Written by: Tim Edison

Updated: May 10, 2023

You Can’t Judge Wine by the Label (But You Do Anyway)

Learn how wine labels are regulated in the US and the creative ways they can be designed.

Wine bottles and labels

How Are US Wine Labels Regulated?

In 2021, Americans purchased more than 4.3 billion bottles of wine.

These included everything from questionable $4 wines acquired at gas stations in Florida (not recommended, by the way) to $5800 bottles of Screaming Eagle Sauvignon Blanc.

But one thing that every one of those bottles had in common was that they had a label to let customers know what was inside. And in many cases, the design of the labels actually influenced customer purchases.

Not surprisingly, how wine is labeled is regulated by the United States federal government.

According to the Department of the Treasury, all labels need to contain accurate and specific information about the contents of the bottle.

Wine bottles with blank labels

This is important for protecting the public and guaranteeing integrity, but it can be a hassle for designers who have to include large amounts of data in a small space.

The good news is that many wineries actually use two labels: one to showcase the brand, and a secondary one to communicate the information that they are required to by law.

This may seem complicated – and it is.

In fact, the government actually provides design tips for vintners to show what kind of information needs to be included and how it needs to be displayed.

Brand labels for US-produced wine need to show the name of the brand, the class of wine, and the appellation of origin; they also need to reference the presence of any foreign wine used in blends, including the percentage by volume of imported wine.

Labels also need to include alcohol content, a health warning statement, a sulfite declaration, a health warning statement, and the name and address of the wine producer.

Once a wine label is designed, it needs to be submitted to the government for approval.

The good news is that it only takes about eight days for the government to approve the label, and if one is rejected, regulators usually provide specific suggestions for fixes.

They have also streamlined the process to make changes to labels that have already been approved.

Wines and grapes

The Art of Wine

Now that we’ve gotten the legal stuff out of the way, it’s time to have fun with design. Creative labeling of wine is an art form in itself.

If you are trying to create a classy vibe, gold embossing and calligraphic fonts can convey an air of sophistication.

If you’re trying to create something a little bit more fun, Day-Glo colors or pictures of animals might be more your speed.

The sky really is the limit when it comes to graphics on your label, whether you are a weekend hobbyist making wine for your friends or a global beverage brand looking to break into new markets.

But whatever you decide to do from a design standpoint, at a certain point you are going to need to print physical labels.

This is where things have changed significantly over the last few years. Historically, when companies had to order huge quantities of labels because printers had large minimum orders and high set-up costs.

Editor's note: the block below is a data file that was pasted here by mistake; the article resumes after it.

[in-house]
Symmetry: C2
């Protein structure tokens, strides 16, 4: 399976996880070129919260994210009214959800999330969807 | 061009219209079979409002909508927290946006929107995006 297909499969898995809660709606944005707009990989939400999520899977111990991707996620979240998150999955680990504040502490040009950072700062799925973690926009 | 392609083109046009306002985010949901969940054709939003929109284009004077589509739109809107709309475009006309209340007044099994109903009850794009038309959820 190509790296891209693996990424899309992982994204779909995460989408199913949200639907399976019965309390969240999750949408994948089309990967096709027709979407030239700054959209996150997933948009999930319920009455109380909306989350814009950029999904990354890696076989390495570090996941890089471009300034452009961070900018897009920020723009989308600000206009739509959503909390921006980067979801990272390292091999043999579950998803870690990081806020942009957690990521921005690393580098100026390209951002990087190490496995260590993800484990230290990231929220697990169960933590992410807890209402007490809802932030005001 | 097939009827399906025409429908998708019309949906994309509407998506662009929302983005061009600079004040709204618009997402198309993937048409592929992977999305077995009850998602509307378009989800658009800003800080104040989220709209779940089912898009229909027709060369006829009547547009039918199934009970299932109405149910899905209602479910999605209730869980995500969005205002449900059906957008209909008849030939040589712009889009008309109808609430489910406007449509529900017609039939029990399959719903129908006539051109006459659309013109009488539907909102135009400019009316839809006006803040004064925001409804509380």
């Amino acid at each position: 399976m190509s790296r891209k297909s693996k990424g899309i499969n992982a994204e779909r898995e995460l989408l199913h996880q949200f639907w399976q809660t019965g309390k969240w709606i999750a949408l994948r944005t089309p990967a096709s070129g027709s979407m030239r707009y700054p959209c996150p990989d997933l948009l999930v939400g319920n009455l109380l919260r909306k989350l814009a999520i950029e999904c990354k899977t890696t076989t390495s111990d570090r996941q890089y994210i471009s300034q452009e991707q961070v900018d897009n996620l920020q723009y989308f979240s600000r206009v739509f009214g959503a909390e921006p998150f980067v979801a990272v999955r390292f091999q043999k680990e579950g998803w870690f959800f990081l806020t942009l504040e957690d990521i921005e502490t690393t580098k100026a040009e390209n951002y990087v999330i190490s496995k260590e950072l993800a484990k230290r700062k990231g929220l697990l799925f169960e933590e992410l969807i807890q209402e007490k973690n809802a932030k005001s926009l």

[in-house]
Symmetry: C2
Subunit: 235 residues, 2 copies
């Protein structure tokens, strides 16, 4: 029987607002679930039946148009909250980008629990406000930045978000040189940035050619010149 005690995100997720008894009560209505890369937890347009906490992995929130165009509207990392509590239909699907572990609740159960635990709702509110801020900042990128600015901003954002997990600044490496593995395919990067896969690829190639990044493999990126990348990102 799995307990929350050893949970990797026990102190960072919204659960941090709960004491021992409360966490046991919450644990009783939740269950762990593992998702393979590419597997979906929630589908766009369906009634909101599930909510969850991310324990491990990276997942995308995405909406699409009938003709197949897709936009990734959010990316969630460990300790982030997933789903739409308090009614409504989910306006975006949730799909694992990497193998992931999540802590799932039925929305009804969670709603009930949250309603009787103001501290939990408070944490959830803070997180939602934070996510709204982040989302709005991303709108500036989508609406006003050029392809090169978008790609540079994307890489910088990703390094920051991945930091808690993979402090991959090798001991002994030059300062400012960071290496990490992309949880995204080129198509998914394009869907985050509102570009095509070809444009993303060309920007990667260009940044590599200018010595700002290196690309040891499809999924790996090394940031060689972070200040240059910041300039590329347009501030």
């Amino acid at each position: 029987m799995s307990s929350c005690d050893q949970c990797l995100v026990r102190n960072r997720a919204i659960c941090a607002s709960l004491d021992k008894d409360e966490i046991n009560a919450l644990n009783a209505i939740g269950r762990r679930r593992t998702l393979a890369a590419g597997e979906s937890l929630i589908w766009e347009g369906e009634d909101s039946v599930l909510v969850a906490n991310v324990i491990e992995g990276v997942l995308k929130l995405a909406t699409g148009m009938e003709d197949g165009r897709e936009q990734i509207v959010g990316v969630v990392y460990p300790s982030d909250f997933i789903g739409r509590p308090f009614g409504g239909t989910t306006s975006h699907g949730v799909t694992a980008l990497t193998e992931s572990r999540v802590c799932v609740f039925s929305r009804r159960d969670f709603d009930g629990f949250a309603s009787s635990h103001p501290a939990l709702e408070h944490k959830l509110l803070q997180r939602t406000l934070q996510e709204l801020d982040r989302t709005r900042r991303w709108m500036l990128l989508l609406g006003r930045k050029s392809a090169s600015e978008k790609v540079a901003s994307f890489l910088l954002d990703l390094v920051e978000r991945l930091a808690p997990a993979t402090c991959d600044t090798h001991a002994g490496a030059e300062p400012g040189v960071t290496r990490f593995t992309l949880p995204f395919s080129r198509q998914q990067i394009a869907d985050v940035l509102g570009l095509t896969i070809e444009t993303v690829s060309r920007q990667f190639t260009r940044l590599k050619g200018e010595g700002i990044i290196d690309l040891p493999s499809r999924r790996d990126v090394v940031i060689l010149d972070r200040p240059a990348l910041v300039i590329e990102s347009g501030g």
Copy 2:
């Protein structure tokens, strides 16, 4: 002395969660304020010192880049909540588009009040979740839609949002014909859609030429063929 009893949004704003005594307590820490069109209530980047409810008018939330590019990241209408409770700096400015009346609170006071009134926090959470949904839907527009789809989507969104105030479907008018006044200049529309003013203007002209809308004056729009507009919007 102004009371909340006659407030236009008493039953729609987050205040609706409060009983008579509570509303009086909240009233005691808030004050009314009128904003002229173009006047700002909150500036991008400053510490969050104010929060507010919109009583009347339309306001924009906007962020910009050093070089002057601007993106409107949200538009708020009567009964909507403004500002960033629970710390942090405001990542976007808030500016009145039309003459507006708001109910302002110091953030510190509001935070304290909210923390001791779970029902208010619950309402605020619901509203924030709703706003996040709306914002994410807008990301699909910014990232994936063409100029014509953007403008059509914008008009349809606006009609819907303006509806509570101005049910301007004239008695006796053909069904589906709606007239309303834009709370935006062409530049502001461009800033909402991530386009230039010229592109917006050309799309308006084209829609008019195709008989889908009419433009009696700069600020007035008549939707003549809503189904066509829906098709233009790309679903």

Recommended: Does wine spoil in heat?

wine bottles in a wooden box

Today, digital printing has eliminated the need for both, and winemakers can literally order a single label - although I’m not quite sure why anyone would stop at one!

Not only can you order as many (or as few) labels as you want, but you have an almost unlimited number of choices of custom labels when it comes to size, shape, material, color…the list goes on.

Traditional wine labels have been standard shapes such as squares, rectangles, circles, and ovals. There’s nothing wrong with those shapes, and they dominate the market for a reason.

But thanks to die cutting, creative winemakers can pick any shape they want. Want a label shaped like an infinity sign?

No problem. Looking for a metallic label shaped like paper doll cutouts? That’s just as easy to print as a more standard geometric form.

The ability to customize designs and the lack of minimum order sizes give winemakers the ability to create unique designs for limited-edition runs and special bottles.

For example, if you are hoping to sell a lot of wine during the holiday season, creating a unique Christmas label shaped like Santa Claus could create a powerful visual appeal for wine lovers looking for the perfect gift.

You can also easily create customized corporate gifts that include the logos of companies that order your wine as presents for their employees or partners.

Even if you aren’t a graphic designer, don’t panic. Our online tools allow anyone to create their own labels in just a few minutes.

And if that’s a stretch, we offer customized design services to help come up with ideas and bring them to life.

All you need to do is make the wine that goes inside the bottle, and we will take care of the outside.

About the Author Tim Edison

Tim started Wine Turtle way back in 2015.
These days he contributes to Wine Turtle (and other renowned wine publications) while continuing his wine education.
Tim's wine of the month is the Coates & Seely Reserve Brut NV (from Hampshire, England).

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